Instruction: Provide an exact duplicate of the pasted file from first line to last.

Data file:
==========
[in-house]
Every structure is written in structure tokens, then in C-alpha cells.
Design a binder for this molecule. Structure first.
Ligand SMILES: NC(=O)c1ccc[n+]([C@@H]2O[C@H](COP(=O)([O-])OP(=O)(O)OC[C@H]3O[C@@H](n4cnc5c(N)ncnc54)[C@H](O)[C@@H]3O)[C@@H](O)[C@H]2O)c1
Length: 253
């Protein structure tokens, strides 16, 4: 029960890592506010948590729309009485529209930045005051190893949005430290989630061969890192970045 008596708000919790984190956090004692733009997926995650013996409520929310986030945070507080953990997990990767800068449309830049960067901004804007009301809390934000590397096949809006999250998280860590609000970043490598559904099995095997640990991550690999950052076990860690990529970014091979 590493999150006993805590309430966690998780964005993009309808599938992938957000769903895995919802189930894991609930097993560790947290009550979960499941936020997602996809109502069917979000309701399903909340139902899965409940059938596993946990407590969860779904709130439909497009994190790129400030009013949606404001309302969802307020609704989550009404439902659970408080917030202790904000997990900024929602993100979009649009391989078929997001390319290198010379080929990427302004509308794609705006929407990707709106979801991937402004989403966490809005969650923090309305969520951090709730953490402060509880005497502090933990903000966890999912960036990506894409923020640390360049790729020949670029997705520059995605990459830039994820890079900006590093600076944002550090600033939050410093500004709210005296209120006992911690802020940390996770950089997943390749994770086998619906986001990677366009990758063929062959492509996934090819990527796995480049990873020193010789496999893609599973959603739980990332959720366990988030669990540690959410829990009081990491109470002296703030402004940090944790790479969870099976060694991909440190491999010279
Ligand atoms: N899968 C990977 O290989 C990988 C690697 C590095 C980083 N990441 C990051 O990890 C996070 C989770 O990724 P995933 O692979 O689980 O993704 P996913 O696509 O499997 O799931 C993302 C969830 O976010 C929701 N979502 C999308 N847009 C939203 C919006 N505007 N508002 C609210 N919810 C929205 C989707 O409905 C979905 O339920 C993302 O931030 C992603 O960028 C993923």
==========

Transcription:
[in-house]
Every structure is written in structure tokens, then in C-alpha cells.
Design a binder for this molecule. Structure first.
Ligand SMILES: NC(=O)c1ccc[n+]([C@@H]2O[C@H](COP(=O)([O-])OP(=O)(O)OC[C@H]3O[C@@H](n4cnc5c(N)ncnc54)[C@H](O)[C@@H]3O)[C@@H](O)[C@H]2O)c1
Length: 253
């Protein structure tokens, strides 16, 4: 029960890592506010948590729309009485529209930045005051190893949005430290989630061969890192970045 008596708000919790984190956090004692733009997926995650013996409520929310986030945070507080953990997990990767800068449309830049960067901004804007009301809390934000590397096949809006999250998280860590609000970043490598559904099995095997640990991550690999950052076990860690990529970014091979 590493999150006993805590309430966690998780964005993009309808599938992938957000769903895995919802189930894991609930097993560790947290009550979960499941936020997602996809109502069917979000309701399903909340139902899965409940059938596993946990407590969860779904709130439909497009994190790129400030009013949606404001309302969802307020609704989550009404439902659970408080917030202790904000997990900024929602993100979009649009391989078929997001390319290198010379080929990427302004509308794609705006929407990707709106979801991937402004989403966490809005969650923090309305969520951090709730953490402060509880005497502090933990903000966890999912960036990506894409923020640390360049790729020949670029997705520059995605990459830039994820890079900006590093600076944002550090600033939050410093500004709210005296209120006992911690802020940390996770950089997943390749994770086998619906986001990677366009990758063929062959492509996934090819990527796995480049990873020193010789496999893609599973959603739980990332959720366990988030669990540690959410829990009081990491109470002296703030402004940090944790790479969870099976060694991909440190491999010279
Ligand atoms: N899968 C990977 O290989 C990988 C690697 C590095 C980083 N990441 C990051 O990890 C996070 C989770 O990724 P995933 O692979 O689980 O993704 P996913 O696509 O499997 O799931 C993302 C969830 O976010 C929701 N979502 C999308 N847009 C939203 C919006 N505007 N508002 C609210 N919810 C929205 C989707 O409905 C979905 O339920 C993302 O931030 C992603 O960028 C993923």